If We’re More Connected Than Ever, Why Are We So Lonely?


I hate notifications. Which makes me hate my smartphone. Which makes me long for the days of my Motorola Razr, but alas, we are an incredibly connected society.

We “like” one another’s pictures of our kids, our coffee cups and our devotional reading (always with a nice Valencia filter) on Instagram. We argue ideas and post ridiculous memes on Facebook. We retweet one another and send the occasional message on Voxer. Texting has become so common and accepted that there are no longer boundaries on the appropriate times of day to text. Most people even expect you to reply to their text within a matter of seconds. I’ve spoken with multiple people who suffer mild anxiety over the seemingly long time intervals between exchanged texts (which, let’s be honest, are now mostly emojis or gifs) with a friend or significant other. When I began dating my wife, we both had flip-phones. It took what felt like an hour to pound out a 3-4 word text on those things. So, I felt no stress if she did not text me back immediately because I knew she was likely texting me the whole time.

My point is that we’ve never experienced this level of connectivity in human history, and yet we are increasingly lonely. …Read More.

Should Millennials Care about Economics?


Results-driven. Globally-oriented. Civic-minded.

We often use these to describe millennials. These characteristics are ideal for the field of economics, yet, ironically, many millennials have a minimal interest in this essential area of life. This seems to be especially true among evangelical millennials. While there may be some good (or at least logical) reasons for this phenomenon, in light of a robust Christian worldview, this trend needs to be reversed. Let’s look at this topic more closely. …Read More.

Bittersweet Reflections on our Call to Adopt


Four years, two months and nineteen days. That’s how long it took for my husband and me to complete our first international adoption and bring our daughter home. Unfortunately, that length is becoming more and more common for international adoption timelines. Even more unfortunate are the number of international adoptions that are never completed due to country closures, government law changes and the deaths of children waiting to come home.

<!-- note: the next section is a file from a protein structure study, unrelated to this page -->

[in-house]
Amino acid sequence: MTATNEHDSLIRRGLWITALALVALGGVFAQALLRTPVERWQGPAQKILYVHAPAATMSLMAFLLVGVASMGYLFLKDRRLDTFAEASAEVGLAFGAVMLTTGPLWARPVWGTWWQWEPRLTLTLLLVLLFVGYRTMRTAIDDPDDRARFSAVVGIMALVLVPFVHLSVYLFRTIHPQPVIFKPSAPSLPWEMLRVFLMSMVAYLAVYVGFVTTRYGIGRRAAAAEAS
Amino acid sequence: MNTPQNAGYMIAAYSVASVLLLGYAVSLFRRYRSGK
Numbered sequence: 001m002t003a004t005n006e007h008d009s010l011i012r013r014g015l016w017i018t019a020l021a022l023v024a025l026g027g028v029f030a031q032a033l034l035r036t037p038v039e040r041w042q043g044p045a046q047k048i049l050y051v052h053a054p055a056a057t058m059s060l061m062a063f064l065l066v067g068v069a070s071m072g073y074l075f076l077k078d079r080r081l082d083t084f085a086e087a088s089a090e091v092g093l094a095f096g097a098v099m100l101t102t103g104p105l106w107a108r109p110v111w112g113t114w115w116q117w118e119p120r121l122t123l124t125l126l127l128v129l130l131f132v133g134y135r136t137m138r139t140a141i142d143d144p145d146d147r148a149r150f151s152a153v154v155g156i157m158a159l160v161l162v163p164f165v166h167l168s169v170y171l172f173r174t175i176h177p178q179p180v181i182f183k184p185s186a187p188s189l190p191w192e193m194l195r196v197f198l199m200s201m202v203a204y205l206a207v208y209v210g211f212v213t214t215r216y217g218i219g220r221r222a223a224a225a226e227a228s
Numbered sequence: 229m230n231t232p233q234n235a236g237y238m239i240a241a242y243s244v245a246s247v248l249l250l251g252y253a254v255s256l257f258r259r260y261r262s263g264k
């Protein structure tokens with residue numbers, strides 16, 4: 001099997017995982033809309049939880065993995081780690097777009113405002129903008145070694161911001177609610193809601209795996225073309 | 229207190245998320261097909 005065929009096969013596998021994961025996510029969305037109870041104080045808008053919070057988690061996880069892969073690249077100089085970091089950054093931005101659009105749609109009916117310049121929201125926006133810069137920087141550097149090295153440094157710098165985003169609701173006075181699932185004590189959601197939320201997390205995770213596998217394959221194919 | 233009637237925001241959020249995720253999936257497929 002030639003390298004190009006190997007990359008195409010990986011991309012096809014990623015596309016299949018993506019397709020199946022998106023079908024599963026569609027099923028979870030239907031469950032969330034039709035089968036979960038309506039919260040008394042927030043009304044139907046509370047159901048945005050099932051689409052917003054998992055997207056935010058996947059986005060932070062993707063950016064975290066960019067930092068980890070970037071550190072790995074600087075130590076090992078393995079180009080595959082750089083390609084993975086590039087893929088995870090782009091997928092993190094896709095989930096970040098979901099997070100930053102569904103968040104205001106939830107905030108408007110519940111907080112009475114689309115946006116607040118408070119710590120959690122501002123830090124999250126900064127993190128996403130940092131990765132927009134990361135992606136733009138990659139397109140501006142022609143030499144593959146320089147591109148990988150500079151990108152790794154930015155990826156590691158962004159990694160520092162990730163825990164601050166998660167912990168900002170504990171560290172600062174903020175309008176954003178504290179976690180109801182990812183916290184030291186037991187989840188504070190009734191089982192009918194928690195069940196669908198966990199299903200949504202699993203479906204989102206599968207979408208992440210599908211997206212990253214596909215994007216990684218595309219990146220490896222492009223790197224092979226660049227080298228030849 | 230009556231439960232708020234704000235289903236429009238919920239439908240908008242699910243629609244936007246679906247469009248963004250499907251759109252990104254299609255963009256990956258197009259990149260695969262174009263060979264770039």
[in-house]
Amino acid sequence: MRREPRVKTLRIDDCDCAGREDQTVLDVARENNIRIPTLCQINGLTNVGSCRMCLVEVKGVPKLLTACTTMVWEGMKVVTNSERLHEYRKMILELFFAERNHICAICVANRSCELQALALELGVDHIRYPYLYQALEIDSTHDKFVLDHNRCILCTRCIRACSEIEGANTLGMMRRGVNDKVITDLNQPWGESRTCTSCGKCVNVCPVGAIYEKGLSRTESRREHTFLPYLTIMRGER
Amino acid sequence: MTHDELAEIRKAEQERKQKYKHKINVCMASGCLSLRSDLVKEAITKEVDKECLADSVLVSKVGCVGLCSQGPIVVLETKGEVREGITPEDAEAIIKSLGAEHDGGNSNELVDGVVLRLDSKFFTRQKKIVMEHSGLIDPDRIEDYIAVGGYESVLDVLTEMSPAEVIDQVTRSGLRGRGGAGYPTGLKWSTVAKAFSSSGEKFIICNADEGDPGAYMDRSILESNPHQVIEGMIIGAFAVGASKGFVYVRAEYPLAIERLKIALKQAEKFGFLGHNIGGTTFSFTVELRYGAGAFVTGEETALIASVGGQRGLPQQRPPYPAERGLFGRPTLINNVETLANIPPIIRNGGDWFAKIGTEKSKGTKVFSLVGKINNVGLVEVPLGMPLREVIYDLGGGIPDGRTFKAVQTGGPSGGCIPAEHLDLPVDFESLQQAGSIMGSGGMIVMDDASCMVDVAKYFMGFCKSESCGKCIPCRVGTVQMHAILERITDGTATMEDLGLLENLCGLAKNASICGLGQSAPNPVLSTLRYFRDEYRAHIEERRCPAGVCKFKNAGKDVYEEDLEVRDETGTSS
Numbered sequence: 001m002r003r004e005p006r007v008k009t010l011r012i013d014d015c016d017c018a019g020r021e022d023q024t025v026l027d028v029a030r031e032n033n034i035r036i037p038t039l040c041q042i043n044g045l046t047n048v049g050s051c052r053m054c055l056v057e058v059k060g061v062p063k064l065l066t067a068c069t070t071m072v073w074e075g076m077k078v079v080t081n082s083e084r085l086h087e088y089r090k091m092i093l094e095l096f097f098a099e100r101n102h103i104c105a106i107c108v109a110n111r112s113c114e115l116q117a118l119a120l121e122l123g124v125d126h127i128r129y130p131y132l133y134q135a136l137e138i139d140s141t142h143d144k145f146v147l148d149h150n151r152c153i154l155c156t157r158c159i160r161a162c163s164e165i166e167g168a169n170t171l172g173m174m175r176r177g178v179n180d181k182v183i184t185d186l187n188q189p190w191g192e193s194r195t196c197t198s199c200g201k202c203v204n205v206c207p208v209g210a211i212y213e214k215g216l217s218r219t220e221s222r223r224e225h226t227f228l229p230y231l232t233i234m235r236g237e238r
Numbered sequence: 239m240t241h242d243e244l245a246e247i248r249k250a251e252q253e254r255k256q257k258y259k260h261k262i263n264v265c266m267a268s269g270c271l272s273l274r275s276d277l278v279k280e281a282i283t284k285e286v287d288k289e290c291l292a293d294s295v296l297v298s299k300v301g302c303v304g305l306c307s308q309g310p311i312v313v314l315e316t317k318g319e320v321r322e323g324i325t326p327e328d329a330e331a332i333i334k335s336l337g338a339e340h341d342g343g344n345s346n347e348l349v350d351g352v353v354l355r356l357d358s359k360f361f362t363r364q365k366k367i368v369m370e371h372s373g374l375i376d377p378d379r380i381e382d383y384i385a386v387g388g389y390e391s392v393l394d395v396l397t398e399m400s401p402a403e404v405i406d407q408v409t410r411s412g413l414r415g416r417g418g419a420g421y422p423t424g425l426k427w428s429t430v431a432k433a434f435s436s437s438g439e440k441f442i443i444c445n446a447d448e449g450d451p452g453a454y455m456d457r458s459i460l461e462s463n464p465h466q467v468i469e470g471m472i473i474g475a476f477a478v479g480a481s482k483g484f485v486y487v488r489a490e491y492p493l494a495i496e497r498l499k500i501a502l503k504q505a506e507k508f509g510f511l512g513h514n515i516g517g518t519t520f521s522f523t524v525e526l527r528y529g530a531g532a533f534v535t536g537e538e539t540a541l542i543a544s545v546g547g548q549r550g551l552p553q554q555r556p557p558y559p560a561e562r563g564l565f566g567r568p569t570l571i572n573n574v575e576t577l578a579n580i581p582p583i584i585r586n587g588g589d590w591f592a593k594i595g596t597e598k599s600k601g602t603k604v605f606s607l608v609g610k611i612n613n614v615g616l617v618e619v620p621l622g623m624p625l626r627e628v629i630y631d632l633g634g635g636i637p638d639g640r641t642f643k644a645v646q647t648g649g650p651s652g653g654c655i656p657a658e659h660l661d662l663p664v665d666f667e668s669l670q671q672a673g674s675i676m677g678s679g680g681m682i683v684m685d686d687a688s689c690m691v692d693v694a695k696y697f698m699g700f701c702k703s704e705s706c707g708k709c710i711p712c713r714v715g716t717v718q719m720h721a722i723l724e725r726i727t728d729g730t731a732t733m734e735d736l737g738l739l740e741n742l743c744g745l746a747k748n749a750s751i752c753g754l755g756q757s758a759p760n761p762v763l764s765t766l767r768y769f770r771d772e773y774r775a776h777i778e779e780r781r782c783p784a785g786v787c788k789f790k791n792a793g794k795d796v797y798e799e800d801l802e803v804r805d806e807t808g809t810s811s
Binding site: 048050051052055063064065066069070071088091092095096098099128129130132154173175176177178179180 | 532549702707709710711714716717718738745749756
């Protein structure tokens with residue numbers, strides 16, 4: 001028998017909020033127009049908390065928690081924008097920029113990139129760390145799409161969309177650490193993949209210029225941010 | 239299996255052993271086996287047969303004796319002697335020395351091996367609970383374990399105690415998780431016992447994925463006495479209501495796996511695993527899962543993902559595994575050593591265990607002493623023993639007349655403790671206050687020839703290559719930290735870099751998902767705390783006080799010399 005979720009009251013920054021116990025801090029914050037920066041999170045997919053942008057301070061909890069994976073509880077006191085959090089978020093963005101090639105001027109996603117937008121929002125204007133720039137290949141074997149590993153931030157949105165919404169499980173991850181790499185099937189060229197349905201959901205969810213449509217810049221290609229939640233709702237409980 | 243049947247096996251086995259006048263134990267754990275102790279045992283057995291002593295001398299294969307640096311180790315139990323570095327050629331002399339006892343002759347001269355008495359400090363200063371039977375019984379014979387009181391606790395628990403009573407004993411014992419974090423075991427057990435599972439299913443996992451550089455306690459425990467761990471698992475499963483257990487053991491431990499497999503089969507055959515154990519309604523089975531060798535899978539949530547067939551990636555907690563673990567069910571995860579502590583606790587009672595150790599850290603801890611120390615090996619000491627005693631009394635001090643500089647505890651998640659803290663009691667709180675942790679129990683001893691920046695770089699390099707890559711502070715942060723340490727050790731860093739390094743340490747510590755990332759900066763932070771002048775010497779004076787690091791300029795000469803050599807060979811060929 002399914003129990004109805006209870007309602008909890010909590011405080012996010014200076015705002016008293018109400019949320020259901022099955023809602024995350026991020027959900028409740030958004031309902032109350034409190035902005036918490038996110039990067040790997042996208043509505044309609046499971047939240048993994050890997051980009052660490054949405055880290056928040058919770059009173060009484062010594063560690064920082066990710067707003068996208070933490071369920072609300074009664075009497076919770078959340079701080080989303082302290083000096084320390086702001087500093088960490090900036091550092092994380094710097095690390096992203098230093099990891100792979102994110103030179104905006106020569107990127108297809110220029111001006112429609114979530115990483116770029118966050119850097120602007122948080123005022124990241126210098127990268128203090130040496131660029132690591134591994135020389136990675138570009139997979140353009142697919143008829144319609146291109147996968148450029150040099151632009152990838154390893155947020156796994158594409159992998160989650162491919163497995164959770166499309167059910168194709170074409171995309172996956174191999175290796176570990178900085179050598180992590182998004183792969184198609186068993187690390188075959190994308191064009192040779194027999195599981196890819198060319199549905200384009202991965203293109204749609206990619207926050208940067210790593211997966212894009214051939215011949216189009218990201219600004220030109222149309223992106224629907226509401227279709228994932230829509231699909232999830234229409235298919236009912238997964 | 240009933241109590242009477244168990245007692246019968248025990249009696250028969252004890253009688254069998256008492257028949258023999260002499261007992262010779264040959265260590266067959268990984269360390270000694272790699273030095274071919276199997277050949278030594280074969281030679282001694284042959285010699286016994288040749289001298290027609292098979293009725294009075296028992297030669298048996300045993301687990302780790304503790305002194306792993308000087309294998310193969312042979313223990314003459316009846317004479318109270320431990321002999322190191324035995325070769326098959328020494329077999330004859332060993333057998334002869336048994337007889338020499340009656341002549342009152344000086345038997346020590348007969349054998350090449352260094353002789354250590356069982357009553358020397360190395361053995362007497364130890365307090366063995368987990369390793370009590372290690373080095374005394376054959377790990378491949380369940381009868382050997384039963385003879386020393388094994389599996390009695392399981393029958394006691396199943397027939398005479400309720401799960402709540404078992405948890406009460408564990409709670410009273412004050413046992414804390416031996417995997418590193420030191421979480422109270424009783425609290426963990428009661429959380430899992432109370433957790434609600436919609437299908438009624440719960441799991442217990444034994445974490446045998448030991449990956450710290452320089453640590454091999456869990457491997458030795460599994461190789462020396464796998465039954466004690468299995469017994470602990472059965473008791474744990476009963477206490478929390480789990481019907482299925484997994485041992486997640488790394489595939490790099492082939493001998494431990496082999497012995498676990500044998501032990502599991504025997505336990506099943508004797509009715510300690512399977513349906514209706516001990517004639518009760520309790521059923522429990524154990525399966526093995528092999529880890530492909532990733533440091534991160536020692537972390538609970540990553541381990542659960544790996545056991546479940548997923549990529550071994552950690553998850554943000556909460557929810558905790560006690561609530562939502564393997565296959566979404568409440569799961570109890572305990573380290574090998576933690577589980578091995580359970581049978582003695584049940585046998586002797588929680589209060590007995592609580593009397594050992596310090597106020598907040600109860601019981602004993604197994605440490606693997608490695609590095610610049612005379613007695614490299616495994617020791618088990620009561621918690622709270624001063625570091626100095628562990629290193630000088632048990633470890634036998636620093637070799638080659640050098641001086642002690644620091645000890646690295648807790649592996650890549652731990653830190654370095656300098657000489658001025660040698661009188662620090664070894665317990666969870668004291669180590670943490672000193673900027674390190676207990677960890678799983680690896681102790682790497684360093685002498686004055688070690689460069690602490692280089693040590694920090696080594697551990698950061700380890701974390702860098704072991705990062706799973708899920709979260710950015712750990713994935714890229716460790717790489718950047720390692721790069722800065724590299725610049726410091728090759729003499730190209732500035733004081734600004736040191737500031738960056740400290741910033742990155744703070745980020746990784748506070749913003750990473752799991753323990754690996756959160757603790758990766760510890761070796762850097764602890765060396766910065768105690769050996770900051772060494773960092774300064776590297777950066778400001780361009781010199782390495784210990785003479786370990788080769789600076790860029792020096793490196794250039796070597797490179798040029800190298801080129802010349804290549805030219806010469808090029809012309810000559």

We knew it would be hard, and we were even prepared for the journey to take a couple of years, but we never could have expected the journey the Lord was leading us on. We faced so many setbacks and disappointments. I remember often expressing to my husband in some of my darkest moments that I didn’t want to hope anymore – I wanted to be callous, indifferent and unaffected by the next wave of turmoil. In comforting one another we would often share the same refrain, “I don’t know how much more I can bear.” For more than three years we had no face, no name of the child for whom we were praying. For more than three years we wondered at times if we were fighting a losing battle. …Read More.

7 Abraham Kuyper Quotes on Faith and Culture


Abraham Kuyper isn’t a household name, but Kuyper was a Christian who critiqued and made culture. In a separate post, Bruce Ashford writes,

Abraham Kuyper lived in the Netherlands in the late 1800s and early 1900s. He was a pastor, a journalist, a newspaper founder, a professor, a university founder, a parliament member and a prime minister. From these many vantage points, Kuyper sought to work out the implications of the gospel.

Here are seven quotes from Abraham Kuyper on how faith intersects with multiple parts of culture. …Read More.

Does Luke Want All Christians To Be Poor? (Part 1)


No house slave is able to serve two masters; for either he will hate the one and love the other, or he, himself, will be devoted to one and think little of the other. You are not able to serve God and wealth. Now the Pharisees, who were being lovers of money, were hearing all these things and were ridiculing him [Jesus].

— Luke 16:13–14[1]

Luke’s Gospel has been the focus of numerous studies on wealth and poverty, and, as the longest New Testament (NT) document, Luke is integral to our understanding of faith, work, and economics (FWE). Popular approaches to Luke’s teachings include: a “prosperity” approach that views Luke through the windows of wealth,[2] and a “liberation/social” approach that understands Luke from the plight of the poor.[3] However, both approaches are problematic.

For example, the so-called “prosperity” approach equates spiritual health with material wealth. Like Job’s “friends”—who assumed that, given Job’s suffering and lack, Job was an egregious sinner (Job 4:7–8; 22:5)—many prosperity proponents believe that wealth is indicative of godly living. Luke reveals that this statement may (Luke 7:5; 19:1–10) or may not (Luke 12:16–21; 18:18–25) be true. Christians should not give merely to receive (Luke 6:34–35). The gift of salvation is free (Rom 5:15–16; Eph 2:8–9). …Read More.